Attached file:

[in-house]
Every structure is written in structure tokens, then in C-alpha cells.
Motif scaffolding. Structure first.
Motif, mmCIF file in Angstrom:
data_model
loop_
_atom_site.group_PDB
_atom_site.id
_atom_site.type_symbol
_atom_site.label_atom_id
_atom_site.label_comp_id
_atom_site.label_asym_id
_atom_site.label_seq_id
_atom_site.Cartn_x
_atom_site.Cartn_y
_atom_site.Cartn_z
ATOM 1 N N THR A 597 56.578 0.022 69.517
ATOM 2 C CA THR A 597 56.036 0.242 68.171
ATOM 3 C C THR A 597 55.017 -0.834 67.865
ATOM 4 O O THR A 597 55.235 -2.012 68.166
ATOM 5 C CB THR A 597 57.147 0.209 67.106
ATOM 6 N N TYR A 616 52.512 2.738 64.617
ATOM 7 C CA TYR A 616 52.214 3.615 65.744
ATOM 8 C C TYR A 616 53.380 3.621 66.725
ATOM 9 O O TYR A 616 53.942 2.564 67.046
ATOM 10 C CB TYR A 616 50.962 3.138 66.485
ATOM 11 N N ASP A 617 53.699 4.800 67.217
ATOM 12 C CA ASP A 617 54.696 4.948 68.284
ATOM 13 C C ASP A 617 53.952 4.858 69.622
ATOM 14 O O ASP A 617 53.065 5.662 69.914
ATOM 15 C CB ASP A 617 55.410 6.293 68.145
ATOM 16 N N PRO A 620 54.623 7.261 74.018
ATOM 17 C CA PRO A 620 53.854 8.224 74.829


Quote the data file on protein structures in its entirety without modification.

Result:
[in-house]
Every structure is written in structure tokens, then in C-alpha cells.
Motif scaffolding. Structure first.
Motif, mmCIF file in Angstrom:
data_model
loop_
_atom_site.group_PDB
_atom_site.id
_atom_site.type_symbol
_atom_site.label_atom_id
_atom_site.label_comp_id
_atom_site.label_asym_id
_atom_site.label_seq_id
_atom_site.Cartn_x
_atom_site.Cartn_y
_atom_site.Cartn_z
ATOM 1 N N THR A 597 56.578 0.022 69.517
ATOM 2 C CA THR A 597 56.036 0.242 68.171
ATOM 3 C C THR A 597 55.017 -0.834 67.865
ATOM 4 O O THR A 597 55.235 -2.012 68.166
ATOM 5 C CB THR A 597 57.147 0.209 67.106
ATOM 6 N N TYR A 616 52.512 2.738 64.617
ATOM 7 C CA TYR A 616 52.214 3.615 65.744
ATOM 8 C C TYR A 616 53.380 3.621 66.725
ATOM 9 O O TYR A 616 53.942 2.564 67.046
ATOM 10 C CB TYR A 616 50.962 3.138 66.485
ATOM 11 N N ASP A 617 53.699 4.800 67.217
ATOM 12 C CA ASP A 617 54.696 4.948 68.284
ATOM 13 C C ASP A 617 53.952 4.858 69.622
ATOM 14 O O ASP A 617 53.065 5.662 69.914
ATOM 15 C CB ASP A 617 55.410 6.293 68.145
ATOM 16 N N PRO A 620 54.623 7.261 74.018
ATOM 17 C CA PRO A 620 53.854 8.224 74.829